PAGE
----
This excerpt is from an article based upon remarks National Endowment for Democracy President Carl Gershman made at a meeting of The Senate Human Rights Caucus on March 2, 2016, on “Human Rights Abuses in Putin’s Russia.
“More than 30,000 people marched in Moscow on February 27, the anniversary of Boris Nemtsov’s murder, and there were rallies remembering him in St. Petersburg, Nizhny Novgorod, Yaroslavl, and dozens of other cities. This outpouring is quite remarkable given the harsh laws the Putin government has passed against public assemblies. Though many people in the West assume that Putin has intimidated and crushed opposition and independent groups in Russia, there are actually tens of thousands of brave Russians who are actively and openly carrying forward Nemtsov’s struggle for democracy.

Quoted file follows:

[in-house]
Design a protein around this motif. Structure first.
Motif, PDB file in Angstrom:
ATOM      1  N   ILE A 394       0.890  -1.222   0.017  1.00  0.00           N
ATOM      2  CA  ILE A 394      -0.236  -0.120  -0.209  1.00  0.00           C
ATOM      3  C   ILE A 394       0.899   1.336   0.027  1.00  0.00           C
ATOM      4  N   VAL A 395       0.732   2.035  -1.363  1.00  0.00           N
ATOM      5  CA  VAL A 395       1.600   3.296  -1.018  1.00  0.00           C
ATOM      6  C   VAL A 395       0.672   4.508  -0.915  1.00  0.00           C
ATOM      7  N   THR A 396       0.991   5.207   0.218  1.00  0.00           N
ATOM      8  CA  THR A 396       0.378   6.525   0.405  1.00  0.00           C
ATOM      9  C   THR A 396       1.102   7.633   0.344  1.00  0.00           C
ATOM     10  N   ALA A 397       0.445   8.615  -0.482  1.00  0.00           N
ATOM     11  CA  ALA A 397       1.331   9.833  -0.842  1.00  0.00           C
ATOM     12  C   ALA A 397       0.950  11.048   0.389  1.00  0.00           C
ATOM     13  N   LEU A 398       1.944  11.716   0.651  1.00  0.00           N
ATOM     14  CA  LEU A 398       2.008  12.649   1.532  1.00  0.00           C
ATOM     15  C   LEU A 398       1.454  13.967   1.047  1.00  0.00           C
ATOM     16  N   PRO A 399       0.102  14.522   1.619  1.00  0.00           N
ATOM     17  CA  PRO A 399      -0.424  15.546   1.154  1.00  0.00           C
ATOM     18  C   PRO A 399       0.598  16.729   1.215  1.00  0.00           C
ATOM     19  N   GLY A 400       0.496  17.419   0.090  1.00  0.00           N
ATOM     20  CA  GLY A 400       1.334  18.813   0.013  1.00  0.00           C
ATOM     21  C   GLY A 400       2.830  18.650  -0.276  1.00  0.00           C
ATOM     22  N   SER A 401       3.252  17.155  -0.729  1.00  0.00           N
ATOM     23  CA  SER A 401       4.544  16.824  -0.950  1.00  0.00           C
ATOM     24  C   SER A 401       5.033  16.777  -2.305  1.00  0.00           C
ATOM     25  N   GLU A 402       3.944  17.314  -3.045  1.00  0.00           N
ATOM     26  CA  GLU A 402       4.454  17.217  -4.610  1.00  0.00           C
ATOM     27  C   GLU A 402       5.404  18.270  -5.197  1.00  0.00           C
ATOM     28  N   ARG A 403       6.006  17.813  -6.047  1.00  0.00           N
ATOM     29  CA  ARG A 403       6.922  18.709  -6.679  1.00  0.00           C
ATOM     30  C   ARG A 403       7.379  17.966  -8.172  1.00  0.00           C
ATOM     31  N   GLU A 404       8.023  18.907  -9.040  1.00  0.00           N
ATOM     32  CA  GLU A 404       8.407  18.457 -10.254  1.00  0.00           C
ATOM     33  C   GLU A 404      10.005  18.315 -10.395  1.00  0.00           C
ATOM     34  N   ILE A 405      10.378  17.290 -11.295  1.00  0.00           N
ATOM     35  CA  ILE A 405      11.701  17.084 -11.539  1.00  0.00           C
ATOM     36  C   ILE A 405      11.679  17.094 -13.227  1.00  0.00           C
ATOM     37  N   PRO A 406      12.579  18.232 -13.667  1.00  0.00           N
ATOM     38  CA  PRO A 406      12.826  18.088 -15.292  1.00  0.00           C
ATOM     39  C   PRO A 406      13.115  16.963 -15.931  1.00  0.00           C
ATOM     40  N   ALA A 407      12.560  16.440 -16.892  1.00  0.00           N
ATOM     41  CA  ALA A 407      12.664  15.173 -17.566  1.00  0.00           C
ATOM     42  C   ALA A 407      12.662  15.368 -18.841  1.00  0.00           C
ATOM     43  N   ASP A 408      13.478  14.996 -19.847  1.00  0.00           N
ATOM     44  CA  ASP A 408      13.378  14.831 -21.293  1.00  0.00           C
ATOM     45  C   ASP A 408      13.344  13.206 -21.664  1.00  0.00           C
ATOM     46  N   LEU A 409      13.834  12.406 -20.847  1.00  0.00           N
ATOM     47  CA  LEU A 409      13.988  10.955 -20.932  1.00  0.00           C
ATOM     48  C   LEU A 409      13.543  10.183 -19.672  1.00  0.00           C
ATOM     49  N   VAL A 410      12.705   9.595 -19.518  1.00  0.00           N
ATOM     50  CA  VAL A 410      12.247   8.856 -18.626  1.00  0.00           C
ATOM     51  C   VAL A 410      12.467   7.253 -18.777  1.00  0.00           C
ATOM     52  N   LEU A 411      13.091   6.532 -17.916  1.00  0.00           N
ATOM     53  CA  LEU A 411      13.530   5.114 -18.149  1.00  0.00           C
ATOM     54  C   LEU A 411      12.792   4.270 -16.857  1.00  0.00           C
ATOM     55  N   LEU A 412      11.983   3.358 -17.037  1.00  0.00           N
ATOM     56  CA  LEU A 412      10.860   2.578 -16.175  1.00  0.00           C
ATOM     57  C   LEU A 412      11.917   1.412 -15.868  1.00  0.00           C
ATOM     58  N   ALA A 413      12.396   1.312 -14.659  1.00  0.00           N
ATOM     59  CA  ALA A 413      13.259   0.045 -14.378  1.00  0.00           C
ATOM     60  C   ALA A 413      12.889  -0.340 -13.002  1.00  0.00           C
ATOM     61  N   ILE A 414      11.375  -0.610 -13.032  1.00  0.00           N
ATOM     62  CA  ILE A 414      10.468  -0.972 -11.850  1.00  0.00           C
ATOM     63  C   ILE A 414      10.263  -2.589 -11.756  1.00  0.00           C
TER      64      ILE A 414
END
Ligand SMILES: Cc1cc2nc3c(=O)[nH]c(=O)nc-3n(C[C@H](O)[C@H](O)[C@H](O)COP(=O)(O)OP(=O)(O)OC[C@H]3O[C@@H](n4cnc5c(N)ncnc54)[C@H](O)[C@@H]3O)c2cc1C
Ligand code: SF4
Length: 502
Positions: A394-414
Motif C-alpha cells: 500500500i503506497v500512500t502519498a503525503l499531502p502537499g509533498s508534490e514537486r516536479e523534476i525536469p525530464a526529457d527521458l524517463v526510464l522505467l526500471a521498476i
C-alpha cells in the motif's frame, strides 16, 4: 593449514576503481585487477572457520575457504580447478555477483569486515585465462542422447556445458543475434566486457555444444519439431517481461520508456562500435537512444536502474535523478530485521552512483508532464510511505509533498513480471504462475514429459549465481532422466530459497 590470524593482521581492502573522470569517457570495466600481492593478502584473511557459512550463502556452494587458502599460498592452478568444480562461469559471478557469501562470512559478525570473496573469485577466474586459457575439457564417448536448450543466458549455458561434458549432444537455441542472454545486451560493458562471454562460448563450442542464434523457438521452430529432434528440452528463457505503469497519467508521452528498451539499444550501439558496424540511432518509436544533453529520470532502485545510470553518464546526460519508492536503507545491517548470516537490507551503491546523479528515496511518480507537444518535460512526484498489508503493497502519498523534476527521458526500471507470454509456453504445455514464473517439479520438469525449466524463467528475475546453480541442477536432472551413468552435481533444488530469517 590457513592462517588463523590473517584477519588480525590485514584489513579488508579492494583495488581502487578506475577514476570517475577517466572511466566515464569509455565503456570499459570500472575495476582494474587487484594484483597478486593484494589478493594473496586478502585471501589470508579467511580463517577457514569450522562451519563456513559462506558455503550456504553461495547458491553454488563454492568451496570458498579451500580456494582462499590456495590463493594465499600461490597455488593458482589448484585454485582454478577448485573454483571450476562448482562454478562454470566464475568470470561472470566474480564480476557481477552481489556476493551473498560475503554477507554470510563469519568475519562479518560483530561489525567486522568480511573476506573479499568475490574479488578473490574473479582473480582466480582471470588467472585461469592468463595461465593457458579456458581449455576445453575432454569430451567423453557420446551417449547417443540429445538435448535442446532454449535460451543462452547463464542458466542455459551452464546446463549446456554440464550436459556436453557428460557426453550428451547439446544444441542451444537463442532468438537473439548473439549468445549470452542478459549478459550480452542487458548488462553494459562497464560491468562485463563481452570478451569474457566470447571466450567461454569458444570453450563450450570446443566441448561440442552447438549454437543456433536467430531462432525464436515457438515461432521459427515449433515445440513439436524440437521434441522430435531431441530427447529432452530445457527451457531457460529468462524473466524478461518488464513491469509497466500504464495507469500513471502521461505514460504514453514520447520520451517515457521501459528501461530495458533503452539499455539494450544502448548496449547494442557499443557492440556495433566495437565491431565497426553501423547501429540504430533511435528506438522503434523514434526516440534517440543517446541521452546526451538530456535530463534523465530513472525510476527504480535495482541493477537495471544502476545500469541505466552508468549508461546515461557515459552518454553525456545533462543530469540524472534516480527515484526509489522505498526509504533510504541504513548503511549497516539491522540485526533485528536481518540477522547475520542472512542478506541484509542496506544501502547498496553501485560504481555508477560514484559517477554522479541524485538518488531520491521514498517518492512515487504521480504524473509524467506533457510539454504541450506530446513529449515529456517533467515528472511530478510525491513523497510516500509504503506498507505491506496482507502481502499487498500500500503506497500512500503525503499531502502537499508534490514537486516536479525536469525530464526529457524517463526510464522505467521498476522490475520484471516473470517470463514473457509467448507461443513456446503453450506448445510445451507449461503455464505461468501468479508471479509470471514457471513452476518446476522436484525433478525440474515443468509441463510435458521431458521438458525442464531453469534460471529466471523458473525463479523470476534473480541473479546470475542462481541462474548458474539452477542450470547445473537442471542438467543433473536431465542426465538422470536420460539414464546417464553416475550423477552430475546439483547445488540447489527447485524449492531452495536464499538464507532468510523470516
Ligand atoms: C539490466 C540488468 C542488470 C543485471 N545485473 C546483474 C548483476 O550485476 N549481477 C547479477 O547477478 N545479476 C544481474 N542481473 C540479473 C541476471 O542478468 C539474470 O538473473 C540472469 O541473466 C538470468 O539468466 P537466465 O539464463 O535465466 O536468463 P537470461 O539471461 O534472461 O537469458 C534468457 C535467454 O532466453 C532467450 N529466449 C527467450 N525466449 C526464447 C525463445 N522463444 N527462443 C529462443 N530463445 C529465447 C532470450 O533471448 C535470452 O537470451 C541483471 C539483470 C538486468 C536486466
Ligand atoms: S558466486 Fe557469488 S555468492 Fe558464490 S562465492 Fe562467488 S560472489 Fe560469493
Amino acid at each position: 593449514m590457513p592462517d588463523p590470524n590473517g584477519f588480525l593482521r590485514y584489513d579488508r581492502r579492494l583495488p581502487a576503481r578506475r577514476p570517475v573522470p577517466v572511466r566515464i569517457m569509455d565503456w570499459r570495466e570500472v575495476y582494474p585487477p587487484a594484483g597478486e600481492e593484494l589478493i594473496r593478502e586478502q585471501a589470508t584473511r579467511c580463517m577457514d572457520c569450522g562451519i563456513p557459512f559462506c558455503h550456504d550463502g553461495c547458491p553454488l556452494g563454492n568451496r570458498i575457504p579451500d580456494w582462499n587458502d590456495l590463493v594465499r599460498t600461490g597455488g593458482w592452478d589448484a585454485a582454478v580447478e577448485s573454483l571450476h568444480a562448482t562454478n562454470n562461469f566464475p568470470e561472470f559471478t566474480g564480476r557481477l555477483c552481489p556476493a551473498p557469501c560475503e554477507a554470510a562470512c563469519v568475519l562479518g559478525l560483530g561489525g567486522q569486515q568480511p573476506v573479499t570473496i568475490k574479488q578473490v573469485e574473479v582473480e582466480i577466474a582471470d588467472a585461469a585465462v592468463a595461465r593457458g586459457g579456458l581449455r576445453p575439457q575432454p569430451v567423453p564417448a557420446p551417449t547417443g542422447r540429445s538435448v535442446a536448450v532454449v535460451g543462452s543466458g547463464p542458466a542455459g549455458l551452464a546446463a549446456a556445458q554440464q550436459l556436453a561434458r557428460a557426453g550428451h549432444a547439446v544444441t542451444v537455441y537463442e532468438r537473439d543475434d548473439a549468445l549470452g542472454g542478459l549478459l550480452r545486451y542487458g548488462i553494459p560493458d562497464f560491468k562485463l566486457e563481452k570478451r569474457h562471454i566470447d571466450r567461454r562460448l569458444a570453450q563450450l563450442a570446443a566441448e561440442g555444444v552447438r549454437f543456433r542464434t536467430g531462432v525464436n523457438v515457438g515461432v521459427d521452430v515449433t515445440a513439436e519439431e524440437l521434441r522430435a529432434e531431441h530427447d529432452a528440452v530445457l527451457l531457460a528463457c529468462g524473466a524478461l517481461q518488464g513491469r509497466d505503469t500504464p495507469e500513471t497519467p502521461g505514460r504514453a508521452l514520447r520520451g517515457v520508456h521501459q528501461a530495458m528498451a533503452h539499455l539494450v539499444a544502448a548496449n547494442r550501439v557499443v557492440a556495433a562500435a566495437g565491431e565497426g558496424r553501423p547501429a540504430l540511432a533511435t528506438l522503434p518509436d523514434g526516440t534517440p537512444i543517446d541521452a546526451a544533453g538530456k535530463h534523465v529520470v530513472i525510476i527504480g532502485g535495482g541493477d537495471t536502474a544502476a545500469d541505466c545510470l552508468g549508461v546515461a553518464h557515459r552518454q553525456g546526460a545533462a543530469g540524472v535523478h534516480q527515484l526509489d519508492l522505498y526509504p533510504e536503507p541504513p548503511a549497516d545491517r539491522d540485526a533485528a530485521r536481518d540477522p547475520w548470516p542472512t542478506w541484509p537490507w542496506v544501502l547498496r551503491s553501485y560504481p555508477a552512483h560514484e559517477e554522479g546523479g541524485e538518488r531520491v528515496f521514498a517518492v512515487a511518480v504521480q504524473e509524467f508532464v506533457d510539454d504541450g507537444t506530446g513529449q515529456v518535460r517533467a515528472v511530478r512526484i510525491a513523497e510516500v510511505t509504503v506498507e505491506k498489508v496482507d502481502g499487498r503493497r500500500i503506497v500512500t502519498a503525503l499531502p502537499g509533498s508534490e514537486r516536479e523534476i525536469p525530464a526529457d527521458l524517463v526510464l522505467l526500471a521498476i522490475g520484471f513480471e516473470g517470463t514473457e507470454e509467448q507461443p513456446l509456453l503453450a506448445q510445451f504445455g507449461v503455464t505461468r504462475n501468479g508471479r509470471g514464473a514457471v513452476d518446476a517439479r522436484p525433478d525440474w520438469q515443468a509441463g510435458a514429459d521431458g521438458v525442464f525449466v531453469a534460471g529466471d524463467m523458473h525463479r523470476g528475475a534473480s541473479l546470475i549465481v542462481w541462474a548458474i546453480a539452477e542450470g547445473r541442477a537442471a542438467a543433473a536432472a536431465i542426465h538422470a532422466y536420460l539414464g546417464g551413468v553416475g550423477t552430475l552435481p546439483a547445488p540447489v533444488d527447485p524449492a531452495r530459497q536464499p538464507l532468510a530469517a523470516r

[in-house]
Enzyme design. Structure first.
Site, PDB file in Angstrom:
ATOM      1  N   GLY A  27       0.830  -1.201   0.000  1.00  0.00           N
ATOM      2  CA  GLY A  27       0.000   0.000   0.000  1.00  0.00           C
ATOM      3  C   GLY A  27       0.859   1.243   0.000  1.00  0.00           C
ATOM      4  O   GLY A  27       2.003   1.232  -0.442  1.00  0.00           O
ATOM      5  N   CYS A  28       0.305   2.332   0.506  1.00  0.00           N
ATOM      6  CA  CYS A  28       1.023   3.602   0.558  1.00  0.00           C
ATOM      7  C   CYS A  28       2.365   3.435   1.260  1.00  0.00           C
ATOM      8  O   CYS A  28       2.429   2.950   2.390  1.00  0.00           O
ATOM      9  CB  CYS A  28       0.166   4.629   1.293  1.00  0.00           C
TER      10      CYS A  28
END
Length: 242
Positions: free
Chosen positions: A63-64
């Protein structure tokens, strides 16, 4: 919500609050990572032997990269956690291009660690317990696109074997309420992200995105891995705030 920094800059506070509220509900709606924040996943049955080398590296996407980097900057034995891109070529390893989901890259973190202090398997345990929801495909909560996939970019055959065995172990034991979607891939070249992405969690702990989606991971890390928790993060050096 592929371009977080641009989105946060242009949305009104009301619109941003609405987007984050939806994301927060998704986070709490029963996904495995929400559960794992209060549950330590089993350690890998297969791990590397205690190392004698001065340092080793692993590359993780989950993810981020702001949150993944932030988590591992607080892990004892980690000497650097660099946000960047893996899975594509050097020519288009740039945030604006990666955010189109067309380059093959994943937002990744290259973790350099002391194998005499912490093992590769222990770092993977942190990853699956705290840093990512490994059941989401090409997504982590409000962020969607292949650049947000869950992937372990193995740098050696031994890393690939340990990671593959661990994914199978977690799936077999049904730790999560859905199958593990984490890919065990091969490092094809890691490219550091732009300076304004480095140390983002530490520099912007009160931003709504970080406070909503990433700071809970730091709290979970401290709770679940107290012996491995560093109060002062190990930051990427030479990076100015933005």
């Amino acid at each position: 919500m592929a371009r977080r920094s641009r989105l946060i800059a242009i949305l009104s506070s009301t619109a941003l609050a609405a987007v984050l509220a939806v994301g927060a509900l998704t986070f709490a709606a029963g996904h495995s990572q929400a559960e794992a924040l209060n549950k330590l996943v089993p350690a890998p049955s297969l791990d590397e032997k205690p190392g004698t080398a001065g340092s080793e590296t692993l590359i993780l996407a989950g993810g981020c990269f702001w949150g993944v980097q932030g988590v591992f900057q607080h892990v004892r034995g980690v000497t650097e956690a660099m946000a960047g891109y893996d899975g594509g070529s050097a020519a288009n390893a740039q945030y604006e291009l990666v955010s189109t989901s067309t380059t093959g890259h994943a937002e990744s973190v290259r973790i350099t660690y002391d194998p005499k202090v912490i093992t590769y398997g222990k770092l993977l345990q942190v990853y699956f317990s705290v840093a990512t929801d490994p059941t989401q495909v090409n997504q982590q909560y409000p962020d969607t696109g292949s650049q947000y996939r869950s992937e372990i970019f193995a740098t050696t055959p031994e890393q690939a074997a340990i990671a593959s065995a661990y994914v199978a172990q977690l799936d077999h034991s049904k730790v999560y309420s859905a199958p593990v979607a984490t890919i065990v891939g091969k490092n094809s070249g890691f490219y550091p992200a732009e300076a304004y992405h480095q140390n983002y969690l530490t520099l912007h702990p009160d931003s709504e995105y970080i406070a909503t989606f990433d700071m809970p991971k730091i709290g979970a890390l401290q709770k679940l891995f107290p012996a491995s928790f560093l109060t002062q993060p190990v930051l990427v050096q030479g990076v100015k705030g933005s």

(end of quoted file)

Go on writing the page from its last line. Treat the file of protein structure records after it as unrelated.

Since Putin’s return to the presidency in 2012, assaults on freedom of association and expression have been among the serious human rights abuses in Russia. His regime was badly rattled by the protest movement that was triggered by his return to power, and he has responded by clamping down on any organization or movement operating independently from the government.”